Several months later Keener confessed to two police officers and gave them a taped statement. In exchange for immunity, Keener testified at the preliminary hearing and helped the police locate the handgun that Denney had used to shoot Morones.
Laboa, Denney and Carl were arrested. As Laboa and Denney were being transported in a police van, a conversation they had with each other was surreptitiously recorded by the police. The tape contained statements indicating hopelessness in the face of strong evidence against the two, as well as some discussion about how they could beat the charges against them.
On April 15, 1981, during the course of investigation, the police interviewed Denney. During this interview Denney implicated Laboa and the others in the robbery and shooting, but he confessed that he was the one who shot Morones. Denney was tried and convicted of first degree murder, but the California Court of Appeals later found that his confession was involuntary and that his conviction should therefore be reversed. See People v. Denney, 152 Cal.App.3d 530, 199 Cal.Rptr. 623 (1984). According to the California court, the police had improperly continued the interview after Denney requested an attorney, and had improperly implied that the State would be lenient if Denney confessed, but that it would seek the death penalty if he did not confess.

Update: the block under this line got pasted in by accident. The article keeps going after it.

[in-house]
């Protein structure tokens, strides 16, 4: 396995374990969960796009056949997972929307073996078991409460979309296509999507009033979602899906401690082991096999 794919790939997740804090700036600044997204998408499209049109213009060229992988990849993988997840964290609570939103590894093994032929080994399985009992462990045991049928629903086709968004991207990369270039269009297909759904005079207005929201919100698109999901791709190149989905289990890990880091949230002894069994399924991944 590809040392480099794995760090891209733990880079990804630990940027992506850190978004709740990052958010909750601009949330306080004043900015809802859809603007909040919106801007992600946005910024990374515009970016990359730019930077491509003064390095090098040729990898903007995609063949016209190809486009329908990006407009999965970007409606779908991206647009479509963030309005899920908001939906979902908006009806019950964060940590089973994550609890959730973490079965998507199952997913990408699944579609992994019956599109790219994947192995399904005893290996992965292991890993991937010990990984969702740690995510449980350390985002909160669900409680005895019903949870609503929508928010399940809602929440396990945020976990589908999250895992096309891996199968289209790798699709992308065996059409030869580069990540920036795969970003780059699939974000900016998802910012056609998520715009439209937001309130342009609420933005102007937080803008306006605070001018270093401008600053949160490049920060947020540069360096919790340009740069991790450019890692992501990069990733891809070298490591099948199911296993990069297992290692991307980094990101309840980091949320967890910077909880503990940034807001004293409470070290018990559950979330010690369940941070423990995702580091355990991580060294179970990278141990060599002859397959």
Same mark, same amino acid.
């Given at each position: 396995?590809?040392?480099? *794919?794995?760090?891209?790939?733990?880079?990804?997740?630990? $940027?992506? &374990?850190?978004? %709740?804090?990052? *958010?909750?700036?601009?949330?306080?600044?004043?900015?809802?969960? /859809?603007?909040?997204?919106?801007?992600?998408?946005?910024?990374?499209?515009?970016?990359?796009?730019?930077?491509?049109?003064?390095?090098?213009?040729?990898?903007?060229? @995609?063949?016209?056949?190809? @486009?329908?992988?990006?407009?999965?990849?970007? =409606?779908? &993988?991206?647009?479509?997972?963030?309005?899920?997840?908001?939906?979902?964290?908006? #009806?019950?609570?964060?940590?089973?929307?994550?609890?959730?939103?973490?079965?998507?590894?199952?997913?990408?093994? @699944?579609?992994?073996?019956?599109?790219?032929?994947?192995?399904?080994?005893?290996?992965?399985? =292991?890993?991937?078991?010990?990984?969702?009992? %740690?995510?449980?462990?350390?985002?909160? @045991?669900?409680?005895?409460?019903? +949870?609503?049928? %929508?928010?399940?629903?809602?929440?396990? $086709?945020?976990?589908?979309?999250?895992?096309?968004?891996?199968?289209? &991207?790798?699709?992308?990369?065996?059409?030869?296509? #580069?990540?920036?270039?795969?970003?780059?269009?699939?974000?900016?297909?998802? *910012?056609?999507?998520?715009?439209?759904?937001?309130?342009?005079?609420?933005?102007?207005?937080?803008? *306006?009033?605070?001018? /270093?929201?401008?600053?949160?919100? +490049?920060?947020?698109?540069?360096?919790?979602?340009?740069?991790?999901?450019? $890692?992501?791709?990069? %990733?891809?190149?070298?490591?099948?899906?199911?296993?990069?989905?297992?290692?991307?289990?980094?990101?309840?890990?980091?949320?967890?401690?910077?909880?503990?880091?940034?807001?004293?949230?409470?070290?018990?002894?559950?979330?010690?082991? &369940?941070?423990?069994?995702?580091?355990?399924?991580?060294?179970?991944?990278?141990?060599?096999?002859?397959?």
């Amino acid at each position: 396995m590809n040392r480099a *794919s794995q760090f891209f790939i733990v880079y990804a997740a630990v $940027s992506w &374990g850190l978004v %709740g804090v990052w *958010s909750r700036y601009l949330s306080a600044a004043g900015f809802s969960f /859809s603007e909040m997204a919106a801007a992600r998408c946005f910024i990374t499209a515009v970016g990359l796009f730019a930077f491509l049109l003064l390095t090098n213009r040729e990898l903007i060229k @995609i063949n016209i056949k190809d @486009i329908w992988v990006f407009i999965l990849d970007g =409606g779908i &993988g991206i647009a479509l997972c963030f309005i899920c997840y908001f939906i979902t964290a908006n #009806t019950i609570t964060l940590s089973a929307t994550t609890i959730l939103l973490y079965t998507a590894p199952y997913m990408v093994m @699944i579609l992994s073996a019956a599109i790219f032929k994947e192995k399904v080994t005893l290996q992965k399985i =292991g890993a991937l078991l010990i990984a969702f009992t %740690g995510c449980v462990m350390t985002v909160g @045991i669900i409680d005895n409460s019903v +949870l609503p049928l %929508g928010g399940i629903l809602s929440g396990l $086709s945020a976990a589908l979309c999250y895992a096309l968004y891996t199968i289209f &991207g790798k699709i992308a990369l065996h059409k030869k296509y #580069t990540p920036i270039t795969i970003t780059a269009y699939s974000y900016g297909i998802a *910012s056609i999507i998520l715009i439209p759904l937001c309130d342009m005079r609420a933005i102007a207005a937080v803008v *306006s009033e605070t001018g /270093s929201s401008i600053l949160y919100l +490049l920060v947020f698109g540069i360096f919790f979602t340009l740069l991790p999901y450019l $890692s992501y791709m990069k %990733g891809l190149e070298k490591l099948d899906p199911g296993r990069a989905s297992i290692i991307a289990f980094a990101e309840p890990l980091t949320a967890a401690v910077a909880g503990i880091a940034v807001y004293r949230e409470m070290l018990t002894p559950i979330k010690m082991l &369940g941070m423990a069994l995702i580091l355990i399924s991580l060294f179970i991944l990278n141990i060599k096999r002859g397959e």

At Laboa's trial, which was before the California Court of Appeals found that Denney's confession was involuntary, the prosecution introduced redacted portions of Denney's confession in order to implicate Denney in the robbery and murder. The portions of the confession were introduced via testimony from a police officer who took the confession. The admitted portions made no mention of Laboa, and the only suggestion that anyone other than Keener and Denney was involved in the incident was a statement that three guns were used in the robbery (although the statement did not say who carried the guns). Laboa's attorney objected to the redacted confession on hearsay grounds, but it was admitted as a statement against Denney's interest. Denney himself did not testify at Laboa's trial because he asserted his right against self-incrimination. In addition to Denney's redacted confession, the prosecution introduced the tape-recorded van conversation between Denney and Laboa. Keener also testified at Laboa's trial for the prosecution.
Laboa offered a diminished capacity defense and testified that on the night of the robbery and murder he had been using both heroin and alcohol. He also testified that he thought that he and the others were going to sell guns to the victim, not rob him.